A Simple Primer on Product Positioning

Question: "What exactly is product positioning and what it is used for, according to the Blackblot PMTK Methodology™ and the value models in PMTK?"

Answer: Product positioning is a known and established tool in product marketing. Some view product positioning as "a form of marketing", "place that a brand occupies", "means to communicate product attributes", and the list goes on. Clearly there are many different perspectives and some resulting confusion.

Firstly, product positioning is a psychological mental map in the customer's mind, pertaining to the relative qualities a product may have compared to its competitors. In other words, product positioning is the customer's imaginary perception, on a mental map, of a specific product or service as compared to its competition.

A person's determined view of actual competing products is influenced by a Product Positioning Statement which was somehow communicated to that person. Product positioning statements are used as the basis for developing clear and focused marketing messages that communicate the product's unique psychological placement and value proposition to multiple audiences.

As usual, we will find on the internet many variations and different formats being advocated on preparing a Product Positioning Statement.

Regardless of the format, the product positioning statement is grounded in six components: benefit, need, customer category, features, product class, and differentiation versus a competitor.

Any product positioning statement should ideally embody all six components.

The Blackblot PMTK Methodology™ and the PMTK toolkit employ a somewhat modified two-sentence positioning statement that is synchronized with the PMTK value and messaging models that are used in PMTK's product marketing activities.

The product positioning statement structure used in PMTK is: "For the <target customer> who <statement of need or opportunity>, the <product name or category> provides <statement of key benefit>. Unlike <primary competitive alternative>, the <product> <statement of primary differentiation>."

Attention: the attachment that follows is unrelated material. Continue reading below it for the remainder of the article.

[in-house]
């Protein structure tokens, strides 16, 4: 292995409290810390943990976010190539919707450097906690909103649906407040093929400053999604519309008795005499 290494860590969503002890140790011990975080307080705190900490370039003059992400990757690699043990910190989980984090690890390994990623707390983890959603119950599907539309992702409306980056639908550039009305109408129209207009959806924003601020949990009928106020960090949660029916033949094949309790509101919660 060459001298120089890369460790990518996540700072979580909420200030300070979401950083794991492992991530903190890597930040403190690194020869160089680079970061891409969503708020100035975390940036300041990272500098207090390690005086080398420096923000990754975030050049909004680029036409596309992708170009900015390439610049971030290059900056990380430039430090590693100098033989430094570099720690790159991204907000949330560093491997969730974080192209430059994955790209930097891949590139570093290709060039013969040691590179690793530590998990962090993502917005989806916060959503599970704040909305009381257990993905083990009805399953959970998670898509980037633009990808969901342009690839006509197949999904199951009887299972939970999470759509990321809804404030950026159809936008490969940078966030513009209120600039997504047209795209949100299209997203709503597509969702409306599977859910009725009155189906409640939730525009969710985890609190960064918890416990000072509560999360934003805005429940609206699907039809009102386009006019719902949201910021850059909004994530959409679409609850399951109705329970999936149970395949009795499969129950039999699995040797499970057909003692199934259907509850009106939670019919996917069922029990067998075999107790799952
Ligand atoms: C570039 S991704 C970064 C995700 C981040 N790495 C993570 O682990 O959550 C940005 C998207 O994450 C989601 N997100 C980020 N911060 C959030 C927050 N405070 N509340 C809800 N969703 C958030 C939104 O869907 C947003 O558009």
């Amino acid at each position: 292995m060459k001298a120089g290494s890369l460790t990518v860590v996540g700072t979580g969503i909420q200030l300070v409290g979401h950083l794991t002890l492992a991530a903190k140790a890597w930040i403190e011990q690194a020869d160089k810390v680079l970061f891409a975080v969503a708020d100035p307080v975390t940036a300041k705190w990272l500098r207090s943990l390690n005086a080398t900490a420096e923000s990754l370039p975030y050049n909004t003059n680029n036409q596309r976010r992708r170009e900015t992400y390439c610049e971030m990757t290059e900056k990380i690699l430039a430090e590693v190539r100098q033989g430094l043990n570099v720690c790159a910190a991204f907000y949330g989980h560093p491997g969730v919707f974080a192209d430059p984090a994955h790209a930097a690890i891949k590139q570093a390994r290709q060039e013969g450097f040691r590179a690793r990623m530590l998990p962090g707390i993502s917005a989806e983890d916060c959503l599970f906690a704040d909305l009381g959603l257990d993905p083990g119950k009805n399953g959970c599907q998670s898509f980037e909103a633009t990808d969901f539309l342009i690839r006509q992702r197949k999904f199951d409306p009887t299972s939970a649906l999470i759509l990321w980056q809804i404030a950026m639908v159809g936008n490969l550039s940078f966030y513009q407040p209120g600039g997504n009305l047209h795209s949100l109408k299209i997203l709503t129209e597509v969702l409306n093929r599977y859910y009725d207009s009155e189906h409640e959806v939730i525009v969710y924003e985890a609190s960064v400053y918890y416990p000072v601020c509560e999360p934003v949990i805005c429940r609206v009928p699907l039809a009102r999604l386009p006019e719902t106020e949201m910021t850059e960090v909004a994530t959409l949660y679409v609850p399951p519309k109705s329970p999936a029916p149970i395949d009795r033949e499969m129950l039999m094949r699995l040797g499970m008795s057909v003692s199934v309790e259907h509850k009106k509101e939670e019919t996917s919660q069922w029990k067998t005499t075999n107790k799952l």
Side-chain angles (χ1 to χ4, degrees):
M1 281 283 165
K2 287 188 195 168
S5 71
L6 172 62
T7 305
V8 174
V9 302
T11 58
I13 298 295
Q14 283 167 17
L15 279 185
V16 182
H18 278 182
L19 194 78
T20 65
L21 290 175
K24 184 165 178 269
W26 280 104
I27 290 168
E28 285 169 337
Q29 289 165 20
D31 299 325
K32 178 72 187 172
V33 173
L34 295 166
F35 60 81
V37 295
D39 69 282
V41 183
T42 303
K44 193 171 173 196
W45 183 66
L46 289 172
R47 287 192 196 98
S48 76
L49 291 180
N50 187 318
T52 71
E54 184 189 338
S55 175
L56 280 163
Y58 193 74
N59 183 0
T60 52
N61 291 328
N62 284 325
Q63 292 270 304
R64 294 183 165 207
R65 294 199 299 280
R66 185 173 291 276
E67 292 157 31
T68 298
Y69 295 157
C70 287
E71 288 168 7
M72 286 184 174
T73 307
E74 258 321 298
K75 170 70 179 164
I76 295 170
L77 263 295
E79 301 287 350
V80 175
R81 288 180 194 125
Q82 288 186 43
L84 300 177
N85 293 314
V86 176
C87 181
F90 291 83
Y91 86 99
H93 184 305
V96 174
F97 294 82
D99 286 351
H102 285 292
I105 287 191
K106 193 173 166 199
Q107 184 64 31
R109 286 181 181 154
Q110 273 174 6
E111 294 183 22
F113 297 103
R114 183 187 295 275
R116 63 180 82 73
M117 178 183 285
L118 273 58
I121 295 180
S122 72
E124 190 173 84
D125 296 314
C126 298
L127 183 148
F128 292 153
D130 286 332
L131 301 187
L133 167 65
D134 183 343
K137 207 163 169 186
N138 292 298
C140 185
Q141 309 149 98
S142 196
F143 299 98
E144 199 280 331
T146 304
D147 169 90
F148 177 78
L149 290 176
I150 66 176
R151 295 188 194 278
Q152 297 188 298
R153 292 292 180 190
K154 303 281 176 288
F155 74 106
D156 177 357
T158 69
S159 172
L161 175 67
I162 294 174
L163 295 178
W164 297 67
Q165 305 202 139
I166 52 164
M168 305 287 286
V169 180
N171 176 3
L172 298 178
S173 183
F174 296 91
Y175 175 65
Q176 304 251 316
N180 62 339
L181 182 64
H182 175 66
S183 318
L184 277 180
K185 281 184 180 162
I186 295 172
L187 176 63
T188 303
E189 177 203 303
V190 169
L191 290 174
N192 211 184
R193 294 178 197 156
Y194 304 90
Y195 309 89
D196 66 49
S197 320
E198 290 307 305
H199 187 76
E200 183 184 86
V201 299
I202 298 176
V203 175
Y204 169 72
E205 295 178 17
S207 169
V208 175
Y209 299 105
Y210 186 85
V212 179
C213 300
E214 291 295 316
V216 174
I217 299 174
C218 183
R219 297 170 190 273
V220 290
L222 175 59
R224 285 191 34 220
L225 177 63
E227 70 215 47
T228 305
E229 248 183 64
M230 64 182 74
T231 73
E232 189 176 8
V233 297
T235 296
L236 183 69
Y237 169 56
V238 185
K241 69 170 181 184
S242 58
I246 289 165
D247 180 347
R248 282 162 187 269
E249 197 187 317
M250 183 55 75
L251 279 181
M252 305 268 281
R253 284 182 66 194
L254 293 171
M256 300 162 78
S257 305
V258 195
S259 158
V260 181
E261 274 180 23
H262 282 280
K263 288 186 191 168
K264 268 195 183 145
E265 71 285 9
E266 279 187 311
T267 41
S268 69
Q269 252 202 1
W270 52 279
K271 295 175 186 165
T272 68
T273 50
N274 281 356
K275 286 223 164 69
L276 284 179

It is possible to identify several key or core positioning statements relative to the product itself and its target audiences.

The practical application of a product positioning statement can be outlined with the following example.

Tesla Motors describes itself as the designer and manufacturer of "Premium Electric Vehicles". It is hard to locate on the Tesla Motors website any real reference to the company's true vision and mission statements, and their product positioning statements.

Based on Tesla's tagline, the core of Tesla car's product positioning statement would center on two factors: premium (luxury, comfort) and electric (sustainability, renewal energy).

On their website, Tesla also strongly mentions vehicle safety as a primary factor. Based on the aforementioned information and using the Blackblot PMTK model, a possible product positioning statement for a Tesla car would be:

"For the discriminating individual who is environmentally conscious and quality minded, the Tesla range of premium electric vehicles provides enjoyable sustainable transport. Unlike gasoline combustion vehicles, the Tesla electric battery powered car is safer in an accident than any other vehicle whatsoever."

Crafting a proper product positioning statement is not trivial but with a proper understanding it is possible to deliver effective results.